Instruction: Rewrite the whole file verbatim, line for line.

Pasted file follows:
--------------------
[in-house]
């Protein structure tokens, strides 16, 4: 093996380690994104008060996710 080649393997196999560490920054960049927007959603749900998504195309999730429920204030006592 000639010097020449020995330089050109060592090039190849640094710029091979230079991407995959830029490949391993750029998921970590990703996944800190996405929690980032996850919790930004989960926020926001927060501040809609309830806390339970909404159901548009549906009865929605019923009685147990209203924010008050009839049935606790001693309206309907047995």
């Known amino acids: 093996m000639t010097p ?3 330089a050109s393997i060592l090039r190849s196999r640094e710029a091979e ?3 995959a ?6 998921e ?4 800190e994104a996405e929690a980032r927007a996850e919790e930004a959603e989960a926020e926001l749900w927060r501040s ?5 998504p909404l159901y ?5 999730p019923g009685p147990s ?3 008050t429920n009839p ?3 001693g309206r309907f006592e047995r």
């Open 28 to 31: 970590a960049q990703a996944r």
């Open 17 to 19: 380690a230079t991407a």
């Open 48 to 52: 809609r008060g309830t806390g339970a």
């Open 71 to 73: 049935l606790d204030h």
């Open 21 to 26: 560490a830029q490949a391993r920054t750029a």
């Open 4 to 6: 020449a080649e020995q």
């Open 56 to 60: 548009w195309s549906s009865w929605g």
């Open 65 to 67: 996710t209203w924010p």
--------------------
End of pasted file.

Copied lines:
[in-house]
């Protein structure tokens, strides 16, 4: 093996380690994104008060996710 080649393997196999560490920054960049927007959603749900998504195309999730429920204030006592 000639010097020449020995330089050109060592090039190849640094710029091979230079991407995959830029490949391993750029998921970590990703996944800190996405929690980032996850919790930004989960926020926001927060501040809609309830806390339970909404159901548009549906009865929605019923009685147990209203924010008050009839049935606790001693309206309907047995």
């Known amino acids: 093996m000639t010097p ?3 330089a050109s393997i060592l090039r190849s196999r640094e710029a091979e ?3 995959a ?6 998921e ?4 800190e994104a996405e929690a980032r927007a996850e919790e930004a959603e989960a926020e926001l749900w927060r501040s ?5 998504p909404l159901y ?5 999730p019923g009685p147990s ?3 008050t429920n009839p ?3 001693g309206r309907f006592e047995r």
């Open 28 to 31: 970590a960049q990703a996944r």
């Open 17 to 19: 380690a230079t991407a």
């Open 48 to 52: 809609r008060g309830t806390g339970a």
């Open 71 to 73: 049935l606790d204030h």
């Open 21 to 26: 560490a830029q490949a391993r920054t750029a």
């Open 4 to 6: 020449a080649e020995q």
């Open 56 to 60: 548009w195309s549906s009865w929605g």
């Open 65 to 67: 996710t209203w924010p």